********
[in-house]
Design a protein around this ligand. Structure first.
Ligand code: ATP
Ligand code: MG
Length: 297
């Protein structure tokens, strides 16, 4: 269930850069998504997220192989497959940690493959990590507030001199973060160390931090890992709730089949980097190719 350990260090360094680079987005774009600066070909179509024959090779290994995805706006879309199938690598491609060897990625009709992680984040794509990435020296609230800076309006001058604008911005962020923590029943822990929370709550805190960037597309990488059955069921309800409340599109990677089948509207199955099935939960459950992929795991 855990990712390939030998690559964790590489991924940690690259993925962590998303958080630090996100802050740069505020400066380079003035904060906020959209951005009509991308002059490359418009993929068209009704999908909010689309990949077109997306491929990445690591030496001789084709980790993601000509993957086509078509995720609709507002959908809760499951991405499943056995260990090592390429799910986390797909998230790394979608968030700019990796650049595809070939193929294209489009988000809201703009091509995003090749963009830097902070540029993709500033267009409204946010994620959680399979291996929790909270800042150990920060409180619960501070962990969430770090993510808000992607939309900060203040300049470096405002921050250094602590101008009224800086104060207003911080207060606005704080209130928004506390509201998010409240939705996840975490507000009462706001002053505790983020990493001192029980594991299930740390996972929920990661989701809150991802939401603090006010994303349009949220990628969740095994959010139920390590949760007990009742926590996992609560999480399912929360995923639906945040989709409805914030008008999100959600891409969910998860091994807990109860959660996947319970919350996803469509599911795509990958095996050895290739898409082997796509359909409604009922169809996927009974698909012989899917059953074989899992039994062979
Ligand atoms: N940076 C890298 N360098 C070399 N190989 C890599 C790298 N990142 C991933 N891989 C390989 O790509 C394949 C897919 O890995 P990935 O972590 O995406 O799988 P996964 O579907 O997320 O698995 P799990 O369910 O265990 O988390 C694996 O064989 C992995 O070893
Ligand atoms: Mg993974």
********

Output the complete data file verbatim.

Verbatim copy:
[in-house]
Design a protein around this ligand. Structure first.
Ligand code: ATP
Ligand code: MG
Length: 297
């Protein structure tokens, strides 16, 4: 269930850069998504997220192989497959940690493959990590507030001199973060160390931090890992709730089949980097190719 350990260090360094680079987005774009600066070909179509024959090779290994995805706006879309199938690598491609060897990625009709992680984040794509990435020296609230800076309006001058604008911005962020923590029943822990929370709550805190960037597309990488059955069921309800409340599109990677089948509207199955099935939960459950992929795991 855990990712390939030998690559964790590489991924940690690259993925962590998303958080630090996100802050740069505020400066380079003035904060906020959209951005009509991308002059490359418009993929068209009704999908909010689309990949077109997306491929990445690591030496001789084709980790993601000509993957086509078509995720609709507002959908809760499951991405499943056995260990090592390429799910986390797909998230790394979608968030700019990796650049595809070939193929294209489009988000809201703009091509995003090749963009830097902070540029993709500033267009409204946010994620959680399979291996929790909270800042150990920060409180619960501070962990969430770090993510808000992607939309900060203040300049470096405002921050250094602590101008009224800086104060207003911080207060606005704080209130928004506390509201998010409240939705996840975490507000009462706001002053505790983020990493001192029980594991299930740390996972929920990661989701809150991802939401603090006010994303349009949220990628969740095994959010139920390590949760007990009742926590996992609560999480399912929360995923639906945040989709409805914030008008999100959600891409969910998860091994807990109860959660996947319970919350996803469509599911795509990958095996050895290739898409082997796509359909409604009922169809996927009974698909012989899917059953074989899992039994062979
Ligand atoms: N940076 C890298 N360098 C070399 N190989 C890599 C790298 N990142 C991933 N891989 C390989 O790509 C394949 C897919 O890995 P990935 O972590 O995406 O799988 P996964 O579907 O997320 O698995 P799990 O369910 O265990 O988390 C694996 O064989 C992995 O070893
Ligand atoms: Mg993974």